A hope for a better future for ourselves and family. Our retirement. Our financial security. Our investments.

Economic and political uncertainty. Headlines. Twitter. CNBC.

Market volatility.

When people dwell upon any of these things, it can guide them to one place. Fear.

The fear of loss, or the desire to avoid losses, is clearly a powerful motivator in investing. Experts in behavioral finance recognize that people experience gains and losses disproportionately. In fact, it is believed that investors feel the pain of losses twice as much as they experience the pleasure of gains1. But does this lead us to rational decision-making when a market is volatile or in a correction?

The urge to get out of the volatile markets until things become less unpredictable is understandable. It may help the individual to rest easy, knowing that as markets gyrate, it isn’t hurting them. And, at the end of the day, making sure our investments aren’t causing us to lose too much sleep might be a functional approach. But, in the long run, is it likely to help our objective of growing our assets toward our future goals? Unfortunately, the answer is that it typically isn’t. 

As markets enter a phase of negative volatility, most investors remain cautiously optimistic. Small losses from previous gains are typically easy to absorb and don’t lead to too much discomfort. But, if the period of negative volatility extends on and losses build, so too do the negative emotions associated with those losses. This is when inexperienced investors often go astray. As prices drop, many investors become less content with their holdings and more likely to sell out. If the situation reaches a point of capitulation, and investors liquidate, the likelihood of them going back into the market at better prices is usually slim. One famous investor, Nathan Rothschild, is credited with the saying “the time to buy is when there’s blood in the streets.” Unfortunately, individual investors are far more likely to sell than to buy in this scenario.

The most compelling factor that drives successful investing is the ability to withstand short-term volatility and allow time to reduce your risk of selling at a low.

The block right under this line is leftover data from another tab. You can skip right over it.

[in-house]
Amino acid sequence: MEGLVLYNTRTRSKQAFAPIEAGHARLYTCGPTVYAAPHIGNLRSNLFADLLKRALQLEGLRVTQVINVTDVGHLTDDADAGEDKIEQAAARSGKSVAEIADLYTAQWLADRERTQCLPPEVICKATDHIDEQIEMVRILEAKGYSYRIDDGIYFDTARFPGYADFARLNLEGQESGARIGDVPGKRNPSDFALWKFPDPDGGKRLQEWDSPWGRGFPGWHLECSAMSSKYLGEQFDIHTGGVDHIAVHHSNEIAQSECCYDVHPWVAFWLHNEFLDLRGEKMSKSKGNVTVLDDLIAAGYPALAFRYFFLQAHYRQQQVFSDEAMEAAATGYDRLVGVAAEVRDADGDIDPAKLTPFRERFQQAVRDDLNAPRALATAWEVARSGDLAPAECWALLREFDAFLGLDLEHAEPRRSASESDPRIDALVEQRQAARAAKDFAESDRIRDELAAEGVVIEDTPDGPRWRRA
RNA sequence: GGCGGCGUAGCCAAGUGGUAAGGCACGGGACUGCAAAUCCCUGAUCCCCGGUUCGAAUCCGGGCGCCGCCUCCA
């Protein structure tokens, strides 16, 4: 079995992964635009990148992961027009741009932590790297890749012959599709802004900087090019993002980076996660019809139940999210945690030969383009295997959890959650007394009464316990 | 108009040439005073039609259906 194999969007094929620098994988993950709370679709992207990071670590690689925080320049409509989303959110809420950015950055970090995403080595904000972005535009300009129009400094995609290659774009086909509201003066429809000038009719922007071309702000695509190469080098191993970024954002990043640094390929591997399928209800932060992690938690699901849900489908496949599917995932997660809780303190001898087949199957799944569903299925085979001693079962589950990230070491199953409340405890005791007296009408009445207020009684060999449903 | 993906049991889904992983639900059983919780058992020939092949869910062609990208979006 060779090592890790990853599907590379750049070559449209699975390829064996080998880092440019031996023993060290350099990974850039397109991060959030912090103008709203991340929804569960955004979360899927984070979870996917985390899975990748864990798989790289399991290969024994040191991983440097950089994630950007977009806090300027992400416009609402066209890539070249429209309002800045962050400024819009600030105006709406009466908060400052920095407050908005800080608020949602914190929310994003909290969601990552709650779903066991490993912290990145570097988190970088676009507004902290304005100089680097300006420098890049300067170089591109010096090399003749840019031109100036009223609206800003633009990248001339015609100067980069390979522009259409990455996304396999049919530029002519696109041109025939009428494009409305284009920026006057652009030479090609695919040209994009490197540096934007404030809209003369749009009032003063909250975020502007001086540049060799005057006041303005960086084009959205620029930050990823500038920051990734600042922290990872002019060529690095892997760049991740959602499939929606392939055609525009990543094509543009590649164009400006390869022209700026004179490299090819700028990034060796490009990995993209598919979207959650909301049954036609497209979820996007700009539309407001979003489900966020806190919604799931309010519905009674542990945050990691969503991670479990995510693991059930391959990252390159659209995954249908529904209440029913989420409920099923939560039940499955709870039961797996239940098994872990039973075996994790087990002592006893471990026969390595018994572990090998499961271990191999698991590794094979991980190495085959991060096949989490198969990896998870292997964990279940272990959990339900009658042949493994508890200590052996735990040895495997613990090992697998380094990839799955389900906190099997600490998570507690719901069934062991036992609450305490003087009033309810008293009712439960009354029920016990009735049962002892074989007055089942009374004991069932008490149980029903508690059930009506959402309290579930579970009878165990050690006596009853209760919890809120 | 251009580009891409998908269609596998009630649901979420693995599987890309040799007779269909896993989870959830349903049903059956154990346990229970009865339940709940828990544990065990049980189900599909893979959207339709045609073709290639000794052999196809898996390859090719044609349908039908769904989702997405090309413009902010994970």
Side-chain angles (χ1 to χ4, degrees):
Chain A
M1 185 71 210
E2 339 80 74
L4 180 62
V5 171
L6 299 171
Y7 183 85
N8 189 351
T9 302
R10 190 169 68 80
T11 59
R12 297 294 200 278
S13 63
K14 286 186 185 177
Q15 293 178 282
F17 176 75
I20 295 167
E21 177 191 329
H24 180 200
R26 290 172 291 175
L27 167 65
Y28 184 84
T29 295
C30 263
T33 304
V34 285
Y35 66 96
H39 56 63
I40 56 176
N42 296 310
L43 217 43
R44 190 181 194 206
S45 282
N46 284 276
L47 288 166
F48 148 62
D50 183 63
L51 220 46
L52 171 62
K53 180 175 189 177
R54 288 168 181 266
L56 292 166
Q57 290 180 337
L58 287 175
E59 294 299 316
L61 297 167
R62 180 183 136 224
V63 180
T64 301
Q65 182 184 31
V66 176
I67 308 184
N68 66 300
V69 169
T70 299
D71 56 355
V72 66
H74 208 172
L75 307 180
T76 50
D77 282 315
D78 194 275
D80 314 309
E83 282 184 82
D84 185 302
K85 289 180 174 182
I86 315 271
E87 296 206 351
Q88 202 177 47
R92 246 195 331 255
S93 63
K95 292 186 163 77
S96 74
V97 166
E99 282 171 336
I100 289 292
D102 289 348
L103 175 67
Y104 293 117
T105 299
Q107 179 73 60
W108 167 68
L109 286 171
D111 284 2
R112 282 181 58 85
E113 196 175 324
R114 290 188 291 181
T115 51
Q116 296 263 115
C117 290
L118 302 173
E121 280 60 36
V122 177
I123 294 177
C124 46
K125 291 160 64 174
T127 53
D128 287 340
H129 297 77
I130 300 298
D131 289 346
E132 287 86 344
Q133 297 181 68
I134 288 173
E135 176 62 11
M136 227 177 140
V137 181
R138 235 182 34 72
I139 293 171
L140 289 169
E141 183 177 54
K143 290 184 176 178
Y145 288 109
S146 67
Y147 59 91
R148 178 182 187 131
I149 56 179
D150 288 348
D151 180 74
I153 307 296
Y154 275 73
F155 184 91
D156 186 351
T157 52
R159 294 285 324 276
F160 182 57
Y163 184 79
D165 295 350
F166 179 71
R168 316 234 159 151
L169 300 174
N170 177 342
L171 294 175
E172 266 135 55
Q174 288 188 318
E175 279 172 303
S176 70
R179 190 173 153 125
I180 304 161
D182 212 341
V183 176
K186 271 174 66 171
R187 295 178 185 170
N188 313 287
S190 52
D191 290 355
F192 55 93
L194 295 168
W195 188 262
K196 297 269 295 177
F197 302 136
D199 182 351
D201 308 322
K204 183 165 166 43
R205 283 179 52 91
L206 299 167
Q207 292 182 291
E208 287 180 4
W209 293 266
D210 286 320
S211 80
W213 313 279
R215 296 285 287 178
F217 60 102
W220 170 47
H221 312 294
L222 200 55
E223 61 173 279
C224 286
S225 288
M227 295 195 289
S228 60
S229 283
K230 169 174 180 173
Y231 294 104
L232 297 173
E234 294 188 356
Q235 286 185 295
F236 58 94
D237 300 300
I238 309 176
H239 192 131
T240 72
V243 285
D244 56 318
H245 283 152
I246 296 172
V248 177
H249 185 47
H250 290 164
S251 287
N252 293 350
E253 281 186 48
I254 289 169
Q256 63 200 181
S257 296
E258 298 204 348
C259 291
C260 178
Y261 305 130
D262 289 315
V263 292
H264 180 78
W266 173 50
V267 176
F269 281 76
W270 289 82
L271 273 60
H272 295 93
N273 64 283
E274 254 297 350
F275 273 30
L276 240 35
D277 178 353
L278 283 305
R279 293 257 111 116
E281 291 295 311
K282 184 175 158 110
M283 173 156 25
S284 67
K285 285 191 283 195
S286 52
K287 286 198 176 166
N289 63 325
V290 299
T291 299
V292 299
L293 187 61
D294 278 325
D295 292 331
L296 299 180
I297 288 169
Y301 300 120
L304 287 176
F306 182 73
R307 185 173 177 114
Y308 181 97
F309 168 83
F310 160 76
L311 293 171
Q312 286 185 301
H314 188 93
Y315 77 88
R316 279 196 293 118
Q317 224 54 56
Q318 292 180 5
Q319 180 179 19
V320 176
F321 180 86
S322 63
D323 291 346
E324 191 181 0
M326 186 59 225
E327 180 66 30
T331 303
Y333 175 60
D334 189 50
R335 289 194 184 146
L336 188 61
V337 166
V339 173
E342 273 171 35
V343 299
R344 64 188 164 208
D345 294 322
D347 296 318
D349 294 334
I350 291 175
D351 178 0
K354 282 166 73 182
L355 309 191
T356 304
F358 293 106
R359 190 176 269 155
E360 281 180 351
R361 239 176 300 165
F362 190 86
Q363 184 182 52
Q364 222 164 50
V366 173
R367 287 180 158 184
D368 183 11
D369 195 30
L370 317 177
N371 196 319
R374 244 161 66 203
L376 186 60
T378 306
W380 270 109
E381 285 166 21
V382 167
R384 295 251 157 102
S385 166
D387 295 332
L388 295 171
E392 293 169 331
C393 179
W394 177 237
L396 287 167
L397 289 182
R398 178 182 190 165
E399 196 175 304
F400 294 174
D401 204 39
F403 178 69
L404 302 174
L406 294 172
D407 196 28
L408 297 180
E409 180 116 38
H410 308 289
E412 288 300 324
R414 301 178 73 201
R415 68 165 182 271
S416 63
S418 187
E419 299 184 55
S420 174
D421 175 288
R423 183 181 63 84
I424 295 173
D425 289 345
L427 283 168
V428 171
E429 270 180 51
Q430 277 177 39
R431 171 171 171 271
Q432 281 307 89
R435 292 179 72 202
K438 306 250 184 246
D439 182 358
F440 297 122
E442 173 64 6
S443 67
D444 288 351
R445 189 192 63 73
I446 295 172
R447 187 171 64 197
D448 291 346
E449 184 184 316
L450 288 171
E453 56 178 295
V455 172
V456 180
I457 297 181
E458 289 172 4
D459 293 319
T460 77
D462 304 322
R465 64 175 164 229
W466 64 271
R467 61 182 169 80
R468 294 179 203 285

A case in point occurred in 2008 in the midst of the most significant financial crises of our lives. Warren Buffet, the famed “Oracle of Omaha,” made a $5 billion investment in Goldman Sachs at a time when many investors thought the financial world was crumbling. What would lead a person to take on such a seemingly outrageous risk? Well, as he has explained on numerous occasions, the risk of buying when prices are low is usually less than the risk of investing when prices are high. Smart investors look for opportunities to deploy cash into attractively valued securities in volatile markets. Oftentimes, this is when less insightful investors are selling out of fear.

Another unfortunate lesson of the financial crisis was that fear stays with us even after things have improved. Some of our clients still cite the market swoon of 2008 as a cause for anxiety. Sadly, many individual investors did not get back into the markets in time to recoup losses sustained in 2008 and early 2009. As late as 2015, it was being reported that a high percentage of individual investors had not fully re-invested their portfolios, and therefore had not fully recovered their losses. This was at a time when the S&P 500 had recovered to the tune of approximately 160% from its low2.

Markets go up and down, sometimes in large swings, as we’ve seen in recent years. However, the bias of markets has always remained upward. Consequently, for investors who are willing to ride out volatility and not lock in relative losses, they may benefit from the upward bias over the long run. In most cases, investing is about tilting the odds in your own favor. The most compelling factor that drives successful investing is the ability to withstand short-term volatility and allow time to reduce your risk of selling at a low.

As we look forward, we are confident in the strength of the U.S. economy to continue its expansion for the foreseeable future. While geo-political events never seem to be a positive factor for markets, we think that insightful investors will ultimately sift through the noise and discover areas of opportunity. We’re working hard with our research partners to identify and capitalize on those opportunities, as well as protect portfolios from the negative effects of volatility.

As always, if you have any questions about this or any other financial topic, please feel free to contact your Atlas Wealth Management Advisor.


1 BehavioralEconomics.com, Behavioral Science Concepts, Loss aversion
2 Finance.yahoo.com – S&P 500 (^GSPC) April 1, 2009 – July 1, 2015

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